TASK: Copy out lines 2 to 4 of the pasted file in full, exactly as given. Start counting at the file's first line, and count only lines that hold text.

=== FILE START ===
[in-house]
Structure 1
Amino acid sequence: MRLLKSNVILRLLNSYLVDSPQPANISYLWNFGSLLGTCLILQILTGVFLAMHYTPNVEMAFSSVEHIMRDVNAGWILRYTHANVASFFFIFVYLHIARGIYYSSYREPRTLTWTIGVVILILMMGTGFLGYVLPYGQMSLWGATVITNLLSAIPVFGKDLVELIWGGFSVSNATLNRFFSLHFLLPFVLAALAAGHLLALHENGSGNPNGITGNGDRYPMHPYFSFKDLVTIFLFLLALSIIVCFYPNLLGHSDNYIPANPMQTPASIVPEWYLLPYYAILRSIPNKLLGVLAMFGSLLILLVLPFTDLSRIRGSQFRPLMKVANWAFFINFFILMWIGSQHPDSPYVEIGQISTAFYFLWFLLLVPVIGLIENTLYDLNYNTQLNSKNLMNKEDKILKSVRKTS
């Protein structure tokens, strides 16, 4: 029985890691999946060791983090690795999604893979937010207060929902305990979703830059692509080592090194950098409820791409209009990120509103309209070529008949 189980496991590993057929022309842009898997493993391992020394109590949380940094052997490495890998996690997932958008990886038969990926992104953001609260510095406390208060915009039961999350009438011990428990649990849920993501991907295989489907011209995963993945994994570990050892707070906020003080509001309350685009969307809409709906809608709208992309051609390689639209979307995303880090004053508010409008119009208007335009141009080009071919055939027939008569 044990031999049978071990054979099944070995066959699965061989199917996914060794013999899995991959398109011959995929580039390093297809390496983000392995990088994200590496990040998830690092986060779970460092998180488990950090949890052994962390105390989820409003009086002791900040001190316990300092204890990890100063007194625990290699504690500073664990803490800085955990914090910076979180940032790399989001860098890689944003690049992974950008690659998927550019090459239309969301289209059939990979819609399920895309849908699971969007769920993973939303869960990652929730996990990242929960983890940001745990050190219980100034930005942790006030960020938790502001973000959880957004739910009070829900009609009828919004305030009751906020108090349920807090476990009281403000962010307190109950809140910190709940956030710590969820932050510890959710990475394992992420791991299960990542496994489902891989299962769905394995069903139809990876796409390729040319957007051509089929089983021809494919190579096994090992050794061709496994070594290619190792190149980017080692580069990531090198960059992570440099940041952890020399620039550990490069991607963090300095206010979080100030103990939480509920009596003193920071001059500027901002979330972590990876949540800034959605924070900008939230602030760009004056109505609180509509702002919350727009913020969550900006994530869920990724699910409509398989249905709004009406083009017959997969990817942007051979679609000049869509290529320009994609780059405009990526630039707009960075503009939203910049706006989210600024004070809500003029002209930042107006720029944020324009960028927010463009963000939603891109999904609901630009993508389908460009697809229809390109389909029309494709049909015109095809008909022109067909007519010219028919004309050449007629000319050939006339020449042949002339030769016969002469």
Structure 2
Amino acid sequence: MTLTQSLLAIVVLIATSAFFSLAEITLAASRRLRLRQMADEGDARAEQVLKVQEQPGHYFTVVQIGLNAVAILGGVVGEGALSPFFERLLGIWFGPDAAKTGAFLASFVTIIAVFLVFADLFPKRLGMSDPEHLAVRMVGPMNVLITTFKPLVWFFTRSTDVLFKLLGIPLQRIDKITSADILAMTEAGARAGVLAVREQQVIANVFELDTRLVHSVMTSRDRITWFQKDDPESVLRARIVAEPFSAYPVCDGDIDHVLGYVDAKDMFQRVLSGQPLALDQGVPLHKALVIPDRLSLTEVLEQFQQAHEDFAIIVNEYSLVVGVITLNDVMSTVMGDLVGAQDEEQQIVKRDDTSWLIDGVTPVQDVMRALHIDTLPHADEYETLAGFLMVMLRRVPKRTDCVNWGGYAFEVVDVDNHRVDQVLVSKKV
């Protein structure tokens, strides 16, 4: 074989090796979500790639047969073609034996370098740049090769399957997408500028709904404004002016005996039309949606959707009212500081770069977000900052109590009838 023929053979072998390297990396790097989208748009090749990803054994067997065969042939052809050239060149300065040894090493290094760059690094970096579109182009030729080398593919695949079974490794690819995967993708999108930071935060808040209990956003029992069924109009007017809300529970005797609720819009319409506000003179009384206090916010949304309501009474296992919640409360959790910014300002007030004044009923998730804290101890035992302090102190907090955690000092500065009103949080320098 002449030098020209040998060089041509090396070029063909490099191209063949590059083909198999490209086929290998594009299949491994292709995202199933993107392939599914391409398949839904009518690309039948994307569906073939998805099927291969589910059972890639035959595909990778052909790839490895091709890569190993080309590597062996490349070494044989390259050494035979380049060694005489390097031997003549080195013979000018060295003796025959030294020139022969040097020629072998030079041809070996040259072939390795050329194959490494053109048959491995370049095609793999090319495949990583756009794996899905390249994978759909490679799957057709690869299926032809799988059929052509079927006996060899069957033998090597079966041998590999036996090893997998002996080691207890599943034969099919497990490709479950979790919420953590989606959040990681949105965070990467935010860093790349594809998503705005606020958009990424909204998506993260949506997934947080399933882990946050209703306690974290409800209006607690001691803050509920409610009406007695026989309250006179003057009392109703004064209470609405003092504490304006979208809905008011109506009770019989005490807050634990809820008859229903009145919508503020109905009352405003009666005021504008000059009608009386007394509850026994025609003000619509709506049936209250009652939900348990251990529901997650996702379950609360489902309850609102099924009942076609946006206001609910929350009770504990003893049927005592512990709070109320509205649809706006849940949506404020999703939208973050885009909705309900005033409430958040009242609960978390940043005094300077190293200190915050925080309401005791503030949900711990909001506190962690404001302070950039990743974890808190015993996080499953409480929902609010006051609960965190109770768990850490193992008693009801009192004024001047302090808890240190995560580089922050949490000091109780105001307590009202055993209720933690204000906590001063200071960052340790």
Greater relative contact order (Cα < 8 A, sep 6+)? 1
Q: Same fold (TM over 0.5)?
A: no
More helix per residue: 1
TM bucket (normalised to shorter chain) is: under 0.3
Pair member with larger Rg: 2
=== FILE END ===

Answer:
Structure 1
Amino acid sequence: MRLLKSNVILRLLNSYLVDSPQPANISYLWNFGSLLGTCLILQILTGVFLAMHYTPNVEMAFSSVEHIMRDVNAGWILRYTHANVASFFFIFVYLHIARGIYYSSYREPRTLTWTIGVVILILMMGTGFLGYVLPYGQMSLWGATVITNLLSAIPVFGKDLVELIWGGFSVSNATLNRFFSLHFLLPFVLAALAAGHLLALHENGSGNPNGITGNGDRYPMHPYFSFKDLVTIFLFLLALSIIVCFYPNLLGHSDNYIPANPMQTPASIVPEWYLLPYYAILRSIPNKLLGVLAMFGSLLILLVLPFTDLSRIRGSQFRPLMKVANWAFFINFFILMWIGSQHPDSPYVEIGQISTAFYFLWFLLLVPVIGLIENTLYDLNYNTQLNSKNLMNKEDKILKSVRKTS
């Protein structure tokens, strides 16, 4: 029985890691999946060791983090690795999604893979937010207060929902305990979703830059692509080592090194950098409820791409209009990120509103309209070529008949 189980496991590993057929022309842009898997493993391992020394109590949380940094052997490495890998996690997932958008990886038969990926992104953001609260510095406390208060915009039961999350009438011990428990649990849920993501991907295989489907011209995963993945994994570990050892707070906020003080509001309350685009969307809409709906809608709208992309051609390689639209979307995303880090004053508010409008119009208007335009141009080009071919055939027939008569 044990031999049978071990054979099944070995066959699965061989199917996914060794013999899995991959398109011959995929580039390093297809390496983000392995990088994200590496990040998830690092986060779970460092998180488990950090949890052994962390105390989820409003009086002791900040001190316990300092204890990890100063007194625990290699504690500073664990803490800085955990914090910076979180940032790399989001860098890689944003690049992974950008690659998927550019090459239309969301289209059939990979819609399920895309849908699971969007769920993973939303869960990652929730996990990242929960983890940001745990050190219980100034930005942790006030960020938790502001973000959880957004739910009070829900009609009828919004305030009751906020108090349920807090476990009281403000962010307190109950809140910190709940956030710590969820932050510890959710990475394992992420791991299960990542496994489902891989299962769905394995069903139809990876796409390729040319957007051509089929089983021809494919190579096994090992050794061709496994070594290619190792190149980017080692580069990531090198960059992570440099940041952890020399620039550990490069991607963090300095206010979080100030103990939480509920009596003193920071001059500027901002979330972590990876949540800034959605924070900008939230602030760009004056109505609180509509702002919350727009913020969550900006994530869920990724699910409509398989249905709004009406083009017959997969990817942007051979679609000049869509290529320009994609780059405009990526630039707009960075503009939203910049706006989210600024004070809500003029002209930042107006720029944020324009960028927010463009963000939603891109999904609901630009993508389908460009697809229809390109389909029309494709049909015109095809008909022109067909007519010219028919004309050449007629000319050939006339020449042949002339030769016969002469």